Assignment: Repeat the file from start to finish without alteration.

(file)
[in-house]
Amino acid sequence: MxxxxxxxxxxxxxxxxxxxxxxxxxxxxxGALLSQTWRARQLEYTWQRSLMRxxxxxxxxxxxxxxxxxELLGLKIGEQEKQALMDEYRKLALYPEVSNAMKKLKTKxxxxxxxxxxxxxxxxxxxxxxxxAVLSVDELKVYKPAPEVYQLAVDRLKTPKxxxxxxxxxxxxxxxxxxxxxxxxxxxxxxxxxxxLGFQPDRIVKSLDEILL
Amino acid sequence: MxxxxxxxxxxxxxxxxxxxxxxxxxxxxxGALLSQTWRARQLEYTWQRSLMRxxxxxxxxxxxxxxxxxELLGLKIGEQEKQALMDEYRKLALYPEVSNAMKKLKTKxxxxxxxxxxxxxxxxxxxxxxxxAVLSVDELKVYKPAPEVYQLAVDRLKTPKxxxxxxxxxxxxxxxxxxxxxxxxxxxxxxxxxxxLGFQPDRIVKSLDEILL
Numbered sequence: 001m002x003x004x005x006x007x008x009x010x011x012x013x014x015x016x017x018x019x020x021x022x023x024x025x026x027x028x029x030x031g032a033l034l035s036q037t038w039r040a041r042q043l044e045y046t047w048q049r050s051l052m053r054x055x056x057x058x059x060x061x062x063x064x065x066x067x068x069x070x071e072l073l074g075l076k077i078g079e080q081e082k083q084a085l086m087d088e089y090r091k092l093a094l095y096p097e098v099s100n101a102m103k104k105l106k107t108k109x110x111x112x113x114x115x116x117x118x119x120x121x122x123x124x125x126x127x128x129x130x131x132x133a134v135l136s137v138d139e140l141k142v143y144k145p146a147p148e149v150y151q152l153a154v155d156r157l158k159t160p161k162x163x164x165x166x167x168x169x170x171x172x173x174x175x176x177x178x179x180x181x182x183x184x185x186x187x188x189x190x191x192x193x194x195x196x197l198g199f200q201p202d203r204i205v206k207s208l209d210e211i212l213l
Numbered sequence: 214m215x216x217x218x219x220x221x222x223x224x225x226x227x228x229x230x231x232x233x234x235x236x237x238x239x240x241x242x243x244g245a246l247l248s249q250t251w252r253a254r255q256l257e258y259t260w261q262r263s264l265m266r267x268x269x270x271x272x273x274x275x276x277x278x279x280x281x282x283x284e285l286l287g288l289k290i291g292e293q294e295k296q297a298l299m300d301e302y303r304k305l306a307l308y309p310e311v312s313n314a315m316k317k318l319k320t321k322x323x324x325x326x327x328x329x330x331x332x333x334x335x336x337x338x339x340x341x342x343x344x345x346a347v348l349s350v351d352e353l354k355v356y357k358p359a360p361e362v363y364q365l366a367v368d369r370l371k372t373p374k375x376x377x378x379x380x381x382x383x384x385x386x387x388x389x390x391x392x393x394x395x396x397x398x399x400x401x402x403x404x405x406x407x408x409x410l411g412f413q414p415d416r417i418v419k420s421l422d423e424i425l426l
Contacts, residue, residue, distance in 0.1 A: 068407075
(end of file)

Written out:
[in-house]
Amino acid sequence: MxxxxxxxxxxxxxxxxxxxxxxxxxxxxxGALLSQTWRARQLEYTWQRSLMRxxxxxxxxxxxxxxxxxELLGLKIGEQEKQALMDEYRKLALYPEVSNAMKKLKTKxxxxxxxxxxxxxxxxxxxxxxxxAVLSVDELKVYKPAPEVYQLAVDRLKTPKxxxxxxxxxxxxxxxxxxxxxxxxxxxxxxxxxxxLGFQPDRIVKSLDEILL
Amino acid sequence: MxxxxxxxxxxxxxxxxxxxxxxxxxxxxxGALLSQTWRARQLEYTWQRSLMRxxxxxxxxxxxxxxxxxELLGLKIGEQEKQALMDEYRKLALYPEVSNAMKKLKTKxxxxxxxxxxxxxxxxxxxxxxxxAVLSVDELKVYKPAPEVYQLAVDRLKTPKxxxxxxxxxxxxxxxxxxxxxxxxxxxxxxxxxxxLGFQPDRIVKSLDEILL
Numbered sequence: 001m002x003x004x005x006x007x008x009x010x011x012x013x014x015x016x017x018x019x020x021x022x023x024x025x026x027x028x029x030x031g032a033l034l035s036q037t038w039r040a041r042q043l044e045y046t047w048q049r050s051l052m053r054x055x056x057x058x059x060x061x062x063x064x065x066x067x068x069x070x071e072l073l074g075l076k077i078g079e080q081e082k083q084a085l086m087d088e089y090r091k092l093a094l095y096p097e098v099s100n101a102m103k104k105l106k107t108k109x110x111x112x113x114x115x116x117x118x119x120x121x122x123x124x125x126x127x128x129x130x131x132x133a134v135l136s137v138d139e140l141k142v143y144k145p146a147p148e149v150y151q152l153a154v155d156r157l158k159t160p161k162x163x164x165x166x167x168x169x170x171x172x173x174x175x176x177x178x179x180x181x182x183x184x185x186x187x188x189x190x191x192x193x194x195x196x197l198g199f200q201p202d203r204i205v206k207s208l209d210e211i212l213l
Numbered sequence: 214m215x216x217x218x219x220x221x222x223x224x225x226x227x228x229x230x231x232x233x234x235x236x237x238x239x240x241x242x243x244g245a246l247l248s249q250t251w252r253a254r255q256l257e258y259t260w261q262r263s264l265m266r267x268x269x270x271x272x273x274x275x276x277x278x279x280x281x282x283x284e285l286l287g288l289k290i291g292e293q294e295k296q297a298l299m300d301e302y303r304k305l306a307l308y309p310e311v312s313n314a315m316k317k318l319k320t321k322x323x324x325x326x327x328x329x330x331x332x333x334x335x336x337x338x339x340x341x342x343x344x345x346a347v348l349s350v351d352e353l354k355v356y357k358p359a360p361e362v363y364q365l366a367v368d369r370l371k372t373p374k375x376x377x378x379x380x381x382x383x384x385x386x387x388x389x390x391x392x393x394x395x396x397x398x399x400x401x402x403x404x405x406x407x408x409x410l411g412f413q414p415d416r417i418v419k420s421l422d423e424i425l426l
Contacts, residue, residue, distance in 0.1 A: 068407075